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Manon Lescaut by the Abbe Prevost

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was come to prepare me by religious instruction for the sacred
ceremony; but, after a cold salutation, he announced to me in two
words, that the governor desired I would relinquish all thoughts
of such a thing, for that he had other views for Manon.

"`Other views for Manon!' said I, as I felt my heart sink
within me; `what views then can they be, chaplain?'

"He replied, that I must be, of course, aware that the governor
was absolute master here; that Manon, having been transported
from France to the colony, was entirely at his disposal; that,
hitherto he had not exercised his right, believing that she was a
married woman; but that now, having learned from my own lips that
it was not so, he had resolved to assign her to M. Synnelet, who
was passionately in love with her.

"My indignation overcame my prudence. Irritated as I was, I
desired the chaplain instantly to quit my house, swearing at the
same time that neither governor, Synnelet, nor the whole colony
together, should lay hands upon my wife, or mistress, if they
chose so to call her.

"I immediately told Manon of the distressing message I had just
received. We conjectured that Synnelet had warped his uncle's
mind after my departure, and that it was all the effect of a
premeditated design. They were, questionless, the stronger
party. We found ourselves in New Orleans, as in the midst of the
ocean, separated from the rest of the world by an immense
interval of space. In a country perfectly unknown, a desert, or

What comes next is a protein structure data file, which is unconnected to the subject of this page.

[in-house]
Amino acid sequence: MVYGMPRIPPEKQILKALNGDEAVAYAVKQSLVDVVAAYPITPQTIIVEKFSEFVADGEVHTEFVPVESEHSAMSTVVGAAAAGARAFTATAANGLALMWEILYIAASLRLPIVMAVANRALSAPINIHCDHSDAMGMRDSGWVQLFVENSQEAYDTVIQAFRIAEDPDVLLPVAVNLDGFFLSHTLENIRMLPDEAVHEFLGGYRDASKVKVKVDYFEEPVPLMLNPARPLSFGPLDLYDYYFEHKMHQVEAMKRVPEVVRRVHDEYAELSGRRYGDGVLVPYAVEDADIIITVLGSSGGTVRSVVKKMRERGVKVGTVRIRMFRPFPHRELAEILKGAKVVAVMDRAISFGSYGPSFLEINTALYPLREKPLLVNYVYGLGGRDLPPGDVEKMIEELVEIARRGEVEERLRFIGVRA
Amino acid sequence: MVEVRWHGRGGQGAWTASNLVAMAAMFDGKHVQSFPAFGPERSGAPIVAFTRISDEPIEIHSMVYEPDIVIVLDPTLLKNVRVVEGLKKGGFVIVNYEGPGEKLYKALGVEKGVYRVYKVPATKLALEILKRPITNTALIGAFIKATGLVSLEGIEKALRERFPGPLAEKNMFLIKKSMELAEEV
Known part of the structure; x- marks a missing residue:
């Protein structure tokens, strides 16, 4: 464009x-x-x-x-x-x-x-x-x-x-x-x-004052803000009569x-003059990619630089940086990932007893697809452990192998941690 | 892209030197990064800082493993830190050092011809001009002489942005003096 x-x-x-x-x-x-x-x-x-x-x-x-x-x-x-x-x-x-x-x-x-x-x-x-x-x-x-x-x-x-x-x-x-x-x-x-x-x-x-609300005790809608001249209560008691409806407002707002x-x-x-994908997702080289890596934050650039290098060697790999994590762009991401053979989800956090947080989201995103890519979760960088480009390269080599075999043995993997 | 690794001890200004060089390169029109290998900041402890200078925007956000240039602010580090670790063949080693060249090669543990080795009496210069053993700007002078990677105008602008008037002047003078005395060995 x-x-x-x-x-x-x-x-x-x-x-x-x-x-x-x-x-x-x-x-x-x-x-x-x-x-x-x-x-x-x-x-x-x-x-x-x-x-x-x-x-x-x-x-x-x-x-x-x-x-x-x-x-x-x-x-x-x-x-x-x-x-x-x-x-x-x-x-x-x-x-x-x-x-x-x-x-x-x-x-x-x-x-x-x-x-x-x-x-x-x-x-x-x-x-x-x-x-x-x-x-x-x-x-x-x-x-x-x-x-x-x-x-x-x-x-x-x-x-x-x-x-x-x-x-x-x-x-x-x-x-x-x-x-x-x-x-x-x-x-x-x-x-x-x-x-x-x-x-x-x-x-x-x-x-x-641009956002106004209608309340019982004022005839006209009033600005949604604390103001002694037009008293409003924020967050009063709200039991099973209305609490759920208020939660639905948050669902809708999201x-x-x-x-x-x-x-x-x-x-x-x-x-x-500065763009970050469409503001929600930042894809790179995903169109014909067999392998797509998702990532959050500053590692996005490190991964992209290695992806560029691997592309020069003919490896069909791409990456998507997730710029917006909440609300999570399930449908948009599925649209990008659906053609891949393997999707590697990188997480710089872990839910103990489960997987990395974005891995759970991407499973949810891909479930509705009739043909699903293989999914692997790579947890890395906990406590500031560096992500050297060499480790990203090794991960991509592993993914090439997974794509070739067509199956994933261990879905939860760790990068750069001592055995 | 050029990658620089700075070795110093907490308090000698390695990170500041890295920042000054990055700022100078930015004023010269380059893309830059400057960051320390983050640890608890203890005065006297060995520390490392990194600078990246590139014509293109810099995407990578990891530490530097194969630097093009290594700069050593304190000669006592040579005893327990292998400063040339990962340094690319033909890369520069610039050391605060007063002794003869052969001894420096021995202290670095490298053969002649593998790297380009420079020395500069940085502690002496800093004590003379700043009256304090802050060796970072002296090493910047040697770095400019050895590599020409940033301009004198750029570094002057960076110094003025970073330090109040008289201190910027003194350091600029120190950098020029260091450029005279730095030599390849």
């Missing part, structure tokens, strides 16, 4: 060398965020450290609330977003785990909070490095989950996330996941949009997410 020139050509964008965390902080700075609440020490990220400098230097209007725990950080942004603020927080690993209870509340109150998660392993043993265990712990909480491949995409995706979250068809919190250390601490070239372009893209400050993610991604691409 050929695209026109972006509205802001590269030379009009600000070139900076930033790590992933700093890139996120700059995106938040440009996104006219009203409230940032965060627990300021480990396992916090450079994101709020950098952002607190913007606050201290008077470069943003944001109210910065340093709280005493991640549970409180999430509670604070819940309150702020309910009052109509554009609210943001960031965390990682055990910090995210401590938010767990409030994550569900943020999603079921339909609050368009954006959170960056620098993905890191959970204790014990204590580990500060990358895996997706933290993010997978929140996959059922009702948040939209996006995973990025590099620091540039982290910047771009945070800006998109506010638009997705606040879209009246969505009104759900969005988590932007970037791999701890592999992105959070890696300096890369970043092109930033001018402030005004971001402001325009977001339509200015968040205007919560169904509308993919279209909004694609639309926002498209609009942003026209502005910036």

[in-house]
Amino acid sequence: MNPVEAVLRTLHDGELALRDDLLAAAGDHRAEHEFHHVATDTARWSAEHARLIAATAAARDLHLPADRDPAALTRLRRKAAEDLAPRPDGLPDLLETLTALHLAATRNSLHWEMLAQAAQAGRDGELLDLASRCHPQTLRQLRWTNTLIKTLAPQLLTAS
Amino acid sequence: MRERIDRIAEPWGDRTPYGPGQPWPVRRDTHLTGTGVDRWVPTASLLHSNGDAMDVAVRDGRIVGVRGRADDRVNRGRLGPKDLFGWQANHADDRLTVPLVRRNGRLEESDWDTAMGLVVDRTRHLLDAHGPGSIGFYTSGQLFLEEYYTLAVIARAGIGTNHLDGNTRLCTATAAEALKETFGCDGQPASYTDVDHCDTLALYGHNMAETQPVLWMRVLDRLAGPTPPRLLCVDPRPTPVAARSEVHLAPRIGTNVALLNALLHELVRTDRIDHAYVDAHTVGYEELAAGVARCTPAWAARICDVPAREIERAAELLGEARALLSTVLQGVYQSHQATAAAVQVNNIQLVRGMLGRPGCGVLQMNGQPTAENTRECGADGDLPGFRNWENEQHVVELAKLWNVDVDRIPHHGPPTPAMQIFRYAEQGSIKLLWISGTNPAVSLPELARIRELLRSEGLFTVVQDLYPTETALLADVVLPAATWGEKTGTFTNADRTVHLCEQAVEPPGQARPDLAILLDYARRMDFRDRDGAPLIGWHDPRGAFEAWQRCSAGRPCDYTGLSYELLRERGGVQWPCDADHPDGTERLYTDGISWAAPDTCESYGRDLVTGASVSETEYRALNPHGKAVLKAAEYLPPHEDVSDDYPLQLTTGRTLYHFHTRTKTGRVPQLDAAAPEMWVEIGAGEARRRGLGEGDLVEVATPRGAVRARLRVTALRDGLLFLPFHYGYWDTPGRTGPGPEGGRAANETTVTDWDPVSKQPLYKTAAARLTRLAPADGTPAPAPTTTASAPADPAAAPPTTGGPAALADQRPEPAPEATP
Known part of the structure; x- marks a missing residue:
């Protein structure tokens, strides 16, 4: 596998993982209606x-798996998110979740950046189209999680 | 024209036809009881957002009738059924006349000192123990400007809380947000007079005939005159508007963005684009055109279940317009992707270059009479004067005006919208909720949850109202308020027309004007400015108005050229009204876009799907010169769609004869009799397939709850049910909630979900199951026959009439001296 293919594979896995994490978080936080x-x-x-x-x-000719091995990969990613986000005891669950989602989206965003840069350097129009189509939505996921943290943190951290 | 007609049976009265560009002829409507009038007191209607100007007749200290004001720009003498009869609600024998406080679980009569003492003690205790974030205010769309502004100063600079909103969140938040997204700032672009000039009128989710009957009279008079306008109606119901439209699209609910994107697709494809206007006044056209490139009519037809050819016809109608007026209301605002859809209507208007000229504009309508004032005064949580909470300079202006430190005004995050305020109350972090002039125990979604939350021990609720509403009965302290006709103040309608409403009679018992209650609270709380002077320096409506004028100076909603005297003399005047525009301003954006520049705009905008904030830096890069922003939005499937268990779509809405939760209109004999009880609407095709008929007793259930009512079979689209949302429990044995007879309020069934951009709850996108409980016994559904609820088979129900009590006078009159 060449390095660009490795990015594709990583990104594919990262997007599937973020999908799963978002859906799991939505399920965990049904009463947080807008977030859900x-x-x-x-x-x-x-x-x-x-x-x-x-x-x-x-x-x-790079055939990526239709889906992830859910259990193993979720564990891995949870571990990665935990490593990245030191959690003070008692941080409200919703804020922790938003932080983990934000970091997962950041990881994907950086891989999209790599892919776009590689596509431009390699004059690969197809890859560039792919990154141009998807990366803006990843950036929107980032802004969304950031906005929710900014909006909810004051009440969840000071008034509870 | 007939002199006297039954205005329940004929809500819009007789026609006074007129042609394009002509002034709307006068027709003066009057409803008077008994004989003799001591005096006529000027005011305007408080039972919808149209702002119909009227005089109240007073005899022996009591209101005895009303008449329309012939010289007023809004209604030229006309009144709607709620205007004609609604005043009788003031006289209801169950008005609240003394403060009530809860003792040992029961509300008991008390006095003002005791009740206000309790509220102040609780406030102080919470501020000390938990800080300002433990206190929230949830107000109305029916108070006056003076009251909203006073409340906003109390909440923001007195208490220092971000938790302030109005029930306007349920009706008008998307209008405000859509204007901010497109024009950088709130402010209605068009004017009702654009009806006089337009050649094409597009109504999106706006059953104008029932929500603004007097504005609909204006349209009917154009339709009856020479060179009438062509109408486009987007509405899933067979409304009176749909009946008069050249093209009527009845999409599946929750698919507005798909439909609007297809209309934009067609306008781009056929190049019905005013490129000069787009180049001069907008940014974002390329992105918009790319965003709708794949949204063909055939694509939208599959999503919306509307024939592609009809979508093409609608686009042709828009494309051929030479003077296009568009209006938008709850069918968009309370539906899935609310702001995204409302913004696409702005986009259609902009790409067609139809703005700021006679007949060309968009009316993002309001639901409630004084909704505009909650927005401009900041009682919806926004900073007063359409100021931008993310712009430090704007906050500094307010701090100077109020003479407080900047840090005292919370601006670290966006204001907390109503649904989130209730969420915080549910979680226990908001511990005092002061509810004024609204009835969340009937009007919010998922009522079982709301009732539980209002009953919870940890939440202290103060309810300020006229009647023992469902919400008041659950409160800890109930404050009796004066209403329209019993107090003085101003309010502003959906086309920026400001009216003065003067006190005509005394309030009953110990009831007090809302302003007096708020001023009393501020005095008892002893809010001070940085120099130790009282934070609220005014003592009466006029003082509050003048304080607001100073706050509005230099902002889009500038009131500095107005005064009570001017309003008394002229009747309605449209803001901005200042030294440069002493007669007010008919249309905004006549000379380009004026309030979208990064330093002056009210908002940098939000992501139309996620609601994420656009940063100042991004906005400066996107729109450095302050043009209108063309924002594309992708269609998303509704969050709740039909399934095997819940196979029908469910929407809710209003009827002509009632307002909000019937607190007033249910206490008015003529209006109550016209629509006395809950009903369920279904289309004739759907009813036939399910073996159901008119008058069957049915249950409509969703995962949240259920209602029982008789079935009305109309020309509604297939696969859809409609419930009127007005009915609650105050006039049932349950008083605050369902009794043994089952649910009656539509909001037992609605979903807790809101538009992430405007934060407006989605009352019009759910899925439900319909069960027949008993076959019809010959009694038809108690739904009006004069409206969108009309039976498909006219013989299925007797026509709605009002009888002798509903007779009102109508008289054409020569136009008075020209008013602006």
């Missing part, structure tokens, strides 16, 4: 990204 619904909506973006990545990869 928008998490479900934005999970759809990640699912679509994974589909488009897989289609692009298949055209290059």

inhabited, if not by brutes, at least by savages quite as
ferocious, to what corner could we fly? I was respected in the
town, but I could not hope to excite the people in my favour to
such a degree as to derive assistance from them proportioned to
the impending danger: money was requisite for that purpose, and I
was poor. Besides, the success of a popular commotion was
uncertain; and if we failed in the attempt, our doom would be
inevitably sealed.

"I revolved these thoughts in my mind; I mentioned them in part
to Manon; I found new ones, without waiting for her replies; I
determined upon one course, and then abandoned that to adopt
another; I talked to myself, and answered my own thoughts aloud;
at length I sank into a kind of hysterical stupor that I can
compare to nothing, because nothing ever equalled it. Manon
observed my emotion, and from its violence, judged how imminent
was our danger; and, apprehensive more on my account than on her
own, the dear girl could not even venture to give expression to
her fears.

"After a multitude of reflections, I resolved to call upon the
governor, and appeal to his feelings of honour, to the
recollection of my unvarying respect for him, and the marks he
had given of his own affection for us both. Manon endeavoured to
dissuade me from this attempt: she said, with tears in her eyes,
`You are rushing into the jaws of death; they will murder you--I
shall never again see you--I am determined to die before you.' I
had great difficulty in persuading her that it was absolutely
necessary that I should go, and that she should remain at home.
I promised that she should see me again in a few moments. She
did not foresee, nor did I, that it was against herself the whole
anger of Heaven, and the rabid fury of our enemies, was about to
be concentrated.

"I went to the fort: the governor was there with his chaplain.
I supplicated him in a tone of humble submission that I could
have ill brooked under other circumstances. I invoked his
clemency by every argument calculated to soften any heart less
ferocious and cruel than a tiger's.

"The barbarian made to all my prayers but two short answers,
which he repeated over and over again. `Manon,' he said, `was at
his disposal: and he had given a promise to his nephew.' I was
resolved to command my feelings to the last: I merely replied,
that I had imagined he was too sincerely my friend to desire my